Monday, November 24, 2008

Plantinga & Draper on Noetic Structures & the Reliability of Belief-Forming Mechanisms

In my Philosophy of Religion class I'm wrapping up Alvin Plantinga's "Religious Belief Without Evidence," in Pojman's Philosophy of Religion: An Anthology. Plantinga's essay is followed by atheist Michael Martin's "A Critique of Plantinga's Religious Epistemology." Here Martin gives the rather famous "Great Pumpkin objection' in the form of the "voodoo objection."

A little over a year ago I wrote Dr. Plantinga some questions from Martin's essay, to which he kindly responded. I read Plantinga's letter to me to my class this morning.

After the class one student told me she read Paul Draper's essay in Pojman: "Evolution and the Problem of Evil." She asked how Plantinga might respond to that. I told her about the recent debate/dialogue between Draper and Plantinga found here.

Here's one of Plantinga's points to Draper, the point which I have been explaining in my class.

"Isn't there a problem, here, for the naturalist? At any rate for the naturalist who thinks that we and our cognitive capacities have arrived upon the scene after some billions of years of evolution (by way of natural selection and other blind processes working on some such source of genetic variation as random genetic mutation)? The problem begins in the recognition, from this point of view, that the ultimate purpose or function of our cognitive faculties, if they have one, is not to produce true beliefs, but to promote reproductive fitness.[3] What our minds are for (if anything) is not the production of true beliefs, but the production of adaptive behavior. That our species has survived and evolved at most guarantees that our behavior is adaptive; it does not guarantee or even suggest that our belief-producing processes are reliable, or that our beliefs are for the most part true. That is because our behavior could be adaptive, but our beliefs mainly false."

"Darwin himself apparently worried about this question: "With me," says Darwin,
the horrid doubt always arises whether the convictions of man's mind, which has been developed from the mind of the lower animals, are of any value or at all trustworthy. Would any one trust in the convictions of a monkey's mind, if there are any convictions in such a mind?[4]"

AND... here's from Plantinga's review of Dawkins's God Delusion. Plantinga discusses theistic and atheistic noetic structures on the reliability of human cognitive faculties.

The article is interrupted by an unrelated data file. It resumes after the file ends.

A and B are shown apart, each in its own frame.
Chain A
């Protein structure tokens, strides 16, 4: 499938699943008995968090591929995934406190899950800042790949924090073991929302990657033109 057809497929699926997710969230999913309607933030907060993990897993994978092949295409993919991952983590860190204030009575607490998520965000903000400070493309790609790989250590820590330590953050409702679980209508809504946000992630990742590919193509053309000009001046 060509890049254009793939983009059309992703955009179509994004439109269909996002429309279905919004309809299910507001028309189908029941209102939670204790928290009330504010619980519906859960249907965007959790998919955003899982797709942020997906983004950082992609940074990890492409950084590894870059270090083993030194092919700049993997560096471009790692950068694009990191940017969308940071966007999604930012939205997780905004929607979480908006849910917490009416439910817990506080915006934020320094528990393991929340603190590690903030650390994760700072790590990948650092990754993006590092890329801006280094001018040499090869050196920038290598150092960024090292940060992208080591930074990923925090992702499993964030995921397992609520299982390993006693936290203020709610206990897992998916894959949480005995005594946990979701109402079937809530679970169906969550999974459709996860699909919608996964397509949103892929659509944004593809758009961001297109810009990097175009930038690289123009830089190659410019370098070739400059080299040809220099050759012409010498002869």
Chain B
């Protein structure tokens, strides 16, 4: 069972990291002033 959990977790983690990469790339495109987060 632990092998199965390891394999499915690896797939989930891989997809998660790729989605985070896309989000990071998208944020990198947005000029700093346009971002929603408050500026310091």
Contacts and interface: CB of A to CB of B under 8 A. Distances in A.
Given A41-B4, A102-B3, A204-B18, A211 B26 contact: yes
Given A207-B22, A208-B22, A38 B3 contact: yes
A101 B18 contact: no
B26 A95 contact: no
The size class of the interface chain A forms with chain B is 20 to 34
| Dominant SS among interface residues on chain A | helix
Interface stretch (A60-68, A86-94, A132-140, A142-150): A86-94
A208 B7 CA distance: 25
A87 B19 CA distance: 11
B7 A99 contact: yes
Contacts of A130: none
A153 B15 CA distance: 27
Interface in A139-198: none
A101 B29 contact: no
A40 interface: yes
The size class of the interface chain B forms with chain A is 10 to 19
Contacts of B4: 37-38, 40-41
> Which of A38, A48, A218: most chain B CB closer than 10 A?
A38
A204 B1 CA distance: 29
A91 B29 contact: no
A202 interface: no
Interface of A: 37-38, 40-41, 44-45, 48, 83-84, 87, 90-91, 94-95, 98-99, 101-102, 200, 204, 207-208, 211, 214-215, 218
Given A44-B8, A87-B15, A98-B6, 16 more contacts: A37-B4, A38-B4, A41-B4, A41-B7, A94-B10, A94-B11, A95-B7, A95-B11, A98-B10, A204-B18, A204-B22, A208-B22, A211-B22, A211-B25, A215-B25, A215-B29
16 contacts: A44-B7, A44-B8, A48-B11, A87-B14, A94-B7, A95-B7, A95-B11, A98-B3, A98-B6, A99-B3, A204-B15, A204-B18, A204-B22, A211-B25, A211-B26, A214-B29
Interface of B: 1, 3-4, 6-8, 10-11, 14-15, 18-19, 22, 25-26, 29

"Toward the end of the book, Dawkins endorses a certain limited skepticism. Since we have been cobbled together by (unguided) evolution, it is unlikely, he thinks, that our view of the world is overall accurate; natural selection is interested in adaptive behavior, not in true belief. But Dawkins fails to plumb the real depths of the skeptical implications of the view that we have come to be by way of unguided evolution. We can see this as follows. Like most naturalists, Dawkins is a materialist about human beings: human persons are material objects; they are not immaterial selves or souls or substances joined to a body, and they don't contain any immaterial substance as a part. From this point of view, our beliefs would be dependent on neurophysiology, and (no doubt) a belief would just be a neurological structure of some complex kind. Now the neurophysiology on which our beliefs depend will doubtless be adaptive; but why think for a moment that the beliefs dependent on or caused by that neurophysiology will be mostly true? Why think our cognitive faculties are reliable?From a theistic point of view, we'd expect that our cognitive faculties would be (for the most part, and given certain qualifications and caveats) reliable. God has created us in his image, and an important part of our image bearing is our resembling him in being able to form true beliefs and achieve knowledge. But from a naturalist point of view the thought that our cognitive faculties are reliable (produce a preponderance of true beliefs) would be at best a na�ve hope. The naturalist can be reasonably sure that the neurophysiology underlying belief formation is adaptive, but nothing follows about the truth of the beliefs depending on that neurophysiology. In fact he'd have to hold that it is unlikely, given unguided evolution, that our cognitive faculties are reliable. It's as likely, given unguided evolution, that we live in a sort of dream world as that we actually know something about ourselves and our world.If this is so, the naturalist has a defeater for the natural assumption that his cognitive faculties are reliable—a reason for rejecting that belief, for no longer holding it. (Example of a defeater: suppose someone once told me that you were born in Michigan and I believed her; but now I ask you, and you tell me you were born in Brazil. That gives me a defeater for my belief that you were born in Michigan.) And if he has a defeater for that belief, he also has a defeater for any belief that is a product of his cognitive faculties. But of course that would be all of his beliefs—including naturalism itself. So the naturalist has a defeater for naturalism; natural- ism, therefore, is self-defeating and cannot be rationally believed.The real problem here, obviously, is Dawkins' naturalism, his belief that there is no such person as God or anyone like God. That is because naturalism implies that evolution is unguided. So a broader conclusion is that one can't rationally accept both naturalism and evolution; naturalism, therefore, is in conflict with a premier doctrine of contemporary science. People like Dawkins hold that there is a conflict between science and religion because they think there is a conflict between evolution and theism; the truth of the matter, however, is that the conflict is between science and naturalism, not between science and belief in God.